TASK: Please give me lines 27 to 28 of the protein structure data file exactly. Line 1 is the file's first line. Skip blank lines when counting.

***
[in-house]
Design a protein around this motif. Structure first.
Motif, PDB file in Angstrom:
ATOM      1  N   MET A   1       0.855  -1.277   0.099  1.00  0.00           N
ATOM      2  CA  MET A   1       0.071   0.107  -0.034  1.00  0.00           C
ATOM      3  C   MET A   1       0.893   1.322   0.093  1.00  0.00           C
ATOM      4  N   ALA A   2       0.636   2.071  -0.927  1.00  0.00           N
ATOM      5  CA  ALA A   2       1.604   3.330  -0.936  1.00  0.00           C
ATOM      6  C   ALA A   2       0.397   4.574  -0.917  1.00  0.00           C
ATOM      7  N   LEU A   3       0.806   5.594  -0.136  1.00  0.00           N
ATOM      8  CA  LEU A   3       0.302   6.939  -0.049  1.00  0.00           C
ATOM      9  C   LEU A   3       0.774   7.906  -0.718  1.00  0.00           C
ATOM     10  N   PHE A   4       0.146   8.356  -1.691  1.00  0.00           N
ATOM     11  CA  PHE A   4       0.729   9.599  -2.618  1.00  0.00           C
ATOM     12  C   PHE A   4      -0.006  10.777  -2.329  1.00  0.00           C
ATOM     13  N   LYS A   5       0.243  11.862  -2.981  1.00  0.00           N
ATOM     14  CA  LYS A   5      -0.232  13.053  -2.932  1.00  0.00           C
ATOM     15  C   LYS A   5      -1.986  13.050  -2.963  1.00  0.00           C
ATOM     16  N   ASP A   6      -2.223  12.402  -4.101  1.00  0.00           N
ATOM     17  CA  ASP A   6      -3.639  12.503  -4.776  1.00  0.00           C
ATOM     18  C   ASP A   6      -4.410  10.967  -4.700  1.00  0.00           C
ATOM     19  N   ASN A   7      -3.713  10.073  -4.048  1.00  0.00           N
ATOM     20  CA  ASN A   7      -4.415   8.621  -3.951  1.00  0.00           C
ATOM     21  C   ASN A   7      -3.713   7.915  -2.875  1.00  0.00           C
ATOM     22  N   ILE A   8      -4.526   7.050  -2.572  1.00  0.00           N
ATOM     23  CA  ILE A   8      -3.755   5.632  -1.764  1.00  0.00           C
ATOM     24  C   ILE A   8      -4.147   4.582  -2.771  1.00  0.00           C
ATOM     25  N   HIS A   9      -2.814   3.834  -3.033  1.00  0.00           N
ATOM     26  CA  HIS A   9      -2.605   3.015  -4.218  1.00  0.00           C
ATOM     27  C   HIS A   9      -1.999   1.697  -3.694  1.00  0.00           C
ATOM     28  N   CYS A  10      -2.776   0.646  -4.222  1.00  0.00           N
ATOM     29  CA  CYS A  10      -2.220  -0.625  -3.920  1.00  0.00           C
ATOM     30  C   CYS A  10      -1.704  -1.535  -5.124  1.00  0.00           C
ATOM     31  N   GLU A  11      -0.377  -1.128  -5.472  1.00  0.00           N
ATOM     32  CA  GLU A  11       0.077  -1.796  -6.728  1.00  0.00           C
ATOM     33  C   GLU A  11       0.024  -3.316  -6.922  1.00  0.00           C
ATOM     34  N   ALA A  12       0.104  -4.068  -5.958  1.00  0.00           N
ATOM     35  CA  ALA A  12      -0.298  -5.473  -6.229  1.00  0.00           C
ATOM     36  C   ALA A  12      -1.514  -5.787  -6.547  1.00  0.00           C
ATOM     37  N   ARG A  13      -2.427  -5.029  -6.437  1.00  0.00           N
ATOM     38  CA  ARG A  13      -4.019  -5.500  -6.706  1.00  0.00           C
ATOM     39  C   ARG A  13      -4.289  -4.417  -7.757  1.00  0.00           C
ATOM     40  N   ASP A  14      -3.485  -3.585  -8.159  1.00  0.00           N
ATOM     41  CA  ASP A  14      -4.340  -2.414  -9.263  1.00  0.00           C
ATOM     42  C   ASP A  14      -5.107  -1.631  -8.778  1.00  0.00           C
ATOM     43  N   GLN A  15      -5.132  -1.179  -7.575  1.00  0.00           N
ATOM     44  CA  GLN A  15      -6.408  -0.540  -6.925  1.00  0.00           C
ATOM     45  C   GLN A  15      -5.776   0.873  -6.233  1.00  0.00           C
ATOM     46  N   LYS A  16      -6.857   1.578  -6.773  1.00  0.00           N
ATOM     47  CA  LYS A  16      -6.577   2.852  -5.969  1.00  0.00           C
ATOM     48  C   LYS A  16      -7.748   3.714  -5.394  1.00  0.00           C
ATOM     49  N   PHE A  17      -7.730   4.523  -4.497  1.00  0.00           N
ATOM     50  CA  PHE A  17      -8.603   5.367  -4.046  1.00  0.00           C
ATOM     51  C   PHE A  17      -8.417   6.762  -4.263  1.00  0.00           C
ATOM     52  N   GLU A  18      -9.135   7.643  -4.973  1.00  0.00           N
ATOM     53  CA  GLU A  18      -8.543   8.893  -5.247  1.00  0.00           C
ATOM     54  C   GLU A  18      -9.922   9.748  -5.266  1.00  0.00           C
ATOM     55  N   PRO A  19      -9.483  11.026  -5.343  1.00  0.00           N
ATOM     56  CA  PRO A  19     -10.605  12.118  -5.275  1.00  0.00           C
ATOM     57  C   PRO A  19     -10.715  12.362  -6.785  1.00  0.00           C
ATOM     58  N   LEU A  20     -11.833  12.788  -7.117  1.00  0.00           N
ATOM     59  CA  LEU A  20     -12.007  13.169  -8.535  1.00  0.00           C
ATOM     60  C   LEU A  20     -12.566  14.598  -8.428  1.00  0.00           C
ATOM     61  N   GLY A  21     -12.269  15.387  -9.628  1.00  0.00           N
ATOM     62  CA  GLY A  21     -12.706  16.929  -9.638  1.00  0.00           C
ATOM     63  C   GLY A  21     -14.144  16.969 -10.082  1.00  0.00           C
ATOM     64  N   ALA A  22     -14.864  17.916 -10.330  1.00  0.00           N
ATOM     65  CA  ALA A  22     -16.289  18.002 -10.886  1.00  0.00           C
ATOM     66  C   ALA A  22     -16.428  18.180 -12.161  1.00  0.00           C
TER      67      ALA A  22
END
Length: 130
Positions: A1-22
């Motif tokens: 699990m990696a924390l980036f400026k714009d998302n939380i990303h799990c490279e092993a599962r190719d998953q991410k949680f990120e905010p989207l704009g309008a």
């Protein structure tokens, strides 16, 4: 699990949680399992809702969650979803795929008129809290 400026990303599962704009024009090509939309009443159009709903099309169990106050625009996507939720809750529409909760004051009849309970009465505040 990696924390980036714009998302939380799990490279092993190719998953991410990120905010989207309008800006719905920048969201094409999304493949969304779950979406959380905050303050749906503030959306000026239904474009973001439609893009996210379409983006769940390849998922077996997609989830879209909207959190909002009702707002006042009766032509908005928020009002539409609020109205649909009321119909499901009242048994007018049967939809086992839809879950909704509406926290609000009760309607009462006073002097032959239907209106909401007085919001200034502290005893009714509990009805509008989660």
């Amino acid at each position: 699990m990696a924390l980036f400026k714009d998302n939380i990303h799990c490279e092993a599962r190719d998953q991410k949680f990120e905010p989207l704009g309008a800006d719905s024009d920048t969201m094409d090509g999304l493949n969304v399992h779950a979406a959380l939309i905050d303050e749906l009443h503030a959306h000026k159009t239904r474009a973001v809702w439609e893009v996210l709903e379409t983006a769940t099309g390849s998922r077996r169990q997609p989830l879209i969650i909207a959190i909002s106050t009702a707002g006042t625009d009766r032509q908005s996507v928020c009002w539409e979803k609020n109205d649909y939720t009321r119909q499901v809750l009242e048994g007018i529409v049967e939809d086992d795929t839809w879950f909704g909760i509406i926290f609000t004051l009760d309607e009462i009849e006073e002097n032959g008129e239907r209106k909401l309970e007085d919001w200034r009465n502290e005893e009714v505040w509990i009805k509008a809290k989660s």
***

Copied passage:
ATOM     24  C   ILE A   8      -4.147   4.582  -2.771  1.00  0.00           C
ATOM     25  N   HIS A   9      -2.814   3.834  -3.033  1.00  0.00           N